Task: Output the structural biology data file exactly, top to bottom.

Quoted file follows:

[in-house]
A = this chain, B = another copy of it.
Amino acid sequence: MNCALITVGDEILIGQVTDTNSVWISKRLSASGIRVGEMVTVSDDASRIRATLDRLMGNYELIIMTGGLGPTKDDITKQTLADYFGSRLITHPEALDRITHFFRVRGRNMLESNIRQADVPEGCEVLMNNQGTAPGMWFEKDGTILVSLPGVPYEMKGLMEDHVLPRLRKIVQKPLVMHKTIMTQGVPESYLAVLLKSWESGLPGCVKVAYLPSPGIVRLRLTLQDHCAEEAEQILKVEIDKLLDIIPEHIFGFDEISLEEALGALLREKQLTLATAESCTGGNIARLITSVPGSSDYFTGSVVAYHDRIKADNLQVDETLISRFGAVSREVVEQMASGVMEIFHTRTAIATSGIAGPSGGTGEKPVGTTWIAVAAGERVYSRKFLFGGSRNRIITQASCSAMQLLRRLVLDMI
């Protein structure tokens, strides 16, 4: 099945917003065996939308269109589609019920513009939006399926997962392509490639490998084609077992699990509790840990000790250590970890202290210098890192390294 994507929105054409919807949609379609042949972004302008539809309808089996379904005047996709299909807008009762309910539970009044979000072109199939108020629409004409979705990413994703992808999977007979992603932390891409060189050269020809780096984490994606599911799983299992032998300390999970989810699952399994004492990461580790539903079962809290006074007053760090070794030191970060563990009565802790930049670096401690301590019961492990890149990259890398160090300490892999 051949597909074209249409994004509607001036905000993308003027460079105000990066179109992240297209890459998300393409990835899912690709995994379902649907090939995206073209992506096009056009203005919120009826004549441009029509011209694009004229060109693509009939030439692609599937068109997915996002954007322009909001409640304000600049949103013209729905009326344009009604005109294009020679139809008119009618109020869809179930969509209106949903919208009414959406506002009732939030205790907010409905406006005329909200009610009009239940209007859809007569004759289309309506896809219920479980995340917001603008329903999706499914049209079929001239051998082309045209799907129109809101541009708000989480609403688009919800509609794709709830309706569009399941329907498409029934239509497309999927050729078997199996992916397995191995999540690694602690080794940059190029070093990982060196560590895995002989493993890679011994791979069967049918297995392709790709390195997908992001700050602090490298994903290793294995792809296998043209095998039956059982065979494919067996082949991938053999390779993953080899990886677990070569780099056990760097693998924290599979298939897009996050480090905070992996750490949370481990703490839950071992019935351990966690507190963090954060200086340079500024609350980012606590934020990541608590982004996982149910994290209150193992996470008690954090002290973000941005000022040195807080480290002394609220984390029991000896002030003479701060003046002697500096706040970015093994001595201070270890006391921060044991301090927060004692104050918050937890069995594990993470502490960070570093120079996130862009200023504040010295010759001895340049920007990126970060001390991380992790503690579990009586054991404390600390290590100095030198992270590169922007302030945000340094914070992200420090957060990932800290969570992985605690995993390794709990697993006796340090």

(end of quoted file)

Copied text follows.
[in-house]
A = this chain, B = another copy of it.
Amino acid sequence: MNCALITVGDEILIGQVTDTNSVWISKRLSASGIRVGEMVTVSDDASRIRATLDRLMGNYELIIMTGGLGPTKDDITKQTLADYFGSRLITHPEALDRITHFFRVRGRNMLESNIRQADVPEGCEVLMNNQGTAPGMWFEKDGTILVSLPGVPYEMKGLMEDHVLPRLRKIVQKPLVMHKTIMTQGVPESYLAVLLKSWESGLPGCVKVAYLPSPGIVRLRLTLQDHCAEEAEQILKVEIDKLLDIIPEHIFGFDEISLEEALGALLREKQLTLATAESCTGGNIARLITSVPGSSDYFTGSVVAYHDRIKADNLQVDETLISRFGAVSREVVEQMASGVMEIFHTRTAIATSGIAGPSGGTGEKPVGTTWIAVAAGERVYSRKFLFGGSRNRIITQASCSAMQLLRRLVLDMI
């Protein structure tokens, strides 16, 4: 099945917003065996939308269109589609019920513009939006399926997962392509490639490998084609077992699990509790840990000790250590970890202290210098890192390294 994507929105054409919807949609379609042949972004302008539809309808089996379904005047996709299909807008009762309910539970009044979000072109199939108020629409004409979705990413994703992808999977007979992603932390891409060189050269020809780096984490994606599911799983299992032998300390999970989810699952399994004492990461580790539903079962809290006074007053760090070794030191970060563990009565802790930049670096401690301590019961492990890149990259890398160090300490892999 051949597909074209249409994004509607001036905000993308003027460079105000990066179109992240297209890459998300393409990835899912690709995994379902649907090939995206073209992506096009056009203005919120009826004549441009029509011209694009004229060109693509009939030439692609599937068109997915996002954007322009909001409640304000600049949103013209729905009326344009009604005109294009020679139809008119009618109020869809179930969509209106949903919208009414959406506002009732939030205790907010409905406006005329909200009610009009239940209007859809007569004759289309309506896809219920479980995340917001603008329903999706499914049209079929001239051998082309045209799907129109809101541009708000989480609403688009919800509609794709709830309706569009399941329907498409029934239509497309999927050729078997199996992916397995191995999540690694602690080794940059190029070093990982060196560590895995002989493993890679011994791979069967049918297995392709790709390195997908992001700050602090490298994903290793294995792809296998043209095998039956059982065979494919067996082949991938053999390779993953080899990886677990070569780099056990760097693998924290599979298939897009996050480090905070992996750490949370481990703490839950071992019935351990966690507190963090954060200086340079500024609350980012606590934020990541608590982004996982149910994290209150193992996470008690954090002290973000941005000022040195807080480290002394609220984390029991000896002030003479701060003046002697500096706040970015093994001595201070270890006391921060044991301090927060004692104050918050937890069995594990993470502490960070570093120079996130862009200023504040010295010759001895340049920007990126970060001390991380992790503690579990009586054991404390600390290590100095030198992270590169922007302030945000340094914070992200420090957060990932800290969570992985605690995993390794709990697993006796340090």